SAN FRANCISCO - Not long ago, Marion Jones was a darling of the American sports scene, a powerful sprinter with explosive strides, a blur going down the track.
Now she cuts a starkly different figure, a woman standing her ground against speculation about steroids and questions from anti-doping authorities. With the clock ticking down to the Summer Olympics in Athens, Greece, and her ex-husband talking to investigators, Jones faces the specter of charges that could ban her from the games.
Rather than duck the controversy, the five-time Olympic medalist has mounted a fiercely public defense with help from lawyers and Al Gore's former spokesman. Yesterday, at the latest in a series of news conferences, she denounced the U.S. Anti-Doping Agency as a "secret kangaroo court," and called for an open hearing to clear her name.
Her request was quickly rejected by anti-doping officials, who are still conducting their investigation.
Jones has not been formally accused of doping violations. But this latest salvo reflects the increasing tension in a high-stakes battle.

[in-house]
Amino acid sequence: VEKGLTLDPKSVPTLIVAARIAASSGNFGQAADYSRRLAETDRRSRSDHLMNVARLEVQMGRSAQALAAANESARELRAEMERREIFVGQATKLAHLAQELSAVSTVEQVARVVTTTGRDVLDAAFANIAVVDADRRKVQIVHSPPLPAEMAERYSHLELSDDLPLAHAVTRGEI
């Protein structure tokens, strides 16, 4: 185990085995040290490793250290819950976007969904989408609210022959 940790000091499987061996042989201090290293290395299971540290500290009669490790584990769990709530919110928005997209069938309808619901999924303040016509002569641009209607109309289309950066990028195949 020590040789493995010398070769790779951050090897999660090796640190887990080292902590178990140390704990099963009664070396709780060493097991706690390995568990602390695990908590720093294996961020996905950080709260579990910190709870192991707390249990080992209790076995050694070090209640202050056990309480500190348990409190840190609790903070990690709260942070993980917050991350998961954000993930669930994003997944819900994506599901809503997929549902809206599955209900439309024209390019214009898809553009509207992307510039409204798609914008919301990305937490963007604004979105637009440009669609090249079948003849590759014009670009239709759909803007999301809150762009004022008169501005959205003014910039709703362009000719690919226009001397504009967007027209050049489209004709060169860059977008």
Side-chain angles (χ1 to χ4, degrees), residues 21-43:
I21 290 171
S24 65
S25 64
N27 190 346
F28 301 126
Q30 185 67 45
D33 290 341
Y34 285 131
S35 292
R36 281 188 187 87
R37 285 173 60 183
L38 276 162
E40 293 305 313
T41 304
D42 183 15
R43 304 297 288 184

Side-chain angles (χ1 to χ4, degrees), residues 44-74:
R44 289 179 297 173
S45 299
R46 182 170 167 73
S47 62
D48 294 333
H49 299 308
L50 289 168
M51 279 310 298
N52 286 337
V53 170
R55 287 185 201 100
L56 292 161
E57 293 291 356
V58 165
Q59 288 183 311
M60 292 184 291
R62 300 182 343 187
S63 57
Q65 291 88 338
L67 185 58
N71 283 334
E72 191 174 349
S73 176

"Despite all of its leaks and rumor mongering, USADA has yet to produce a single shred of credible evidence against me," Jones said yesterday.
The scandal began last September when federal agents raided a nutritional supplement company called the Bay Area Laboratory Co-Operative, or BALCO, collecting what prosecutors say is evidence of steroid distribution to dozens of high-profile athletes.
USADA, a quasi-independent organization that oversees drug testing for U.S. Olympic athletes, obtained BALCO evidence and launched its own investigation, racing to keep cheaters out of the Olympics.
The investigation has been controversial. Most often, USADA pursues athletes after a positive drug test. In this case, the evidence has been circumstantial, consisting of e-mails, canceled checks and other BALCO documents.
Standing defiantly before the microphone, a black drape in the background, a solemn Jones decried USADA and said she might turn to the U.S. Senate, though it was unclear whether elected officials would intervene.
"Throughout all this, I have maintained my sincere belief that if the process is fair, that in the end the truth would prevail and my name would be cleared," she said. "However, the events of the last several weeks have led me, more in sadness than in anger, to the conclusion that USADA is not engaged in a fair process."
The Los Angeles Times is a Tribune Publishing newspaper.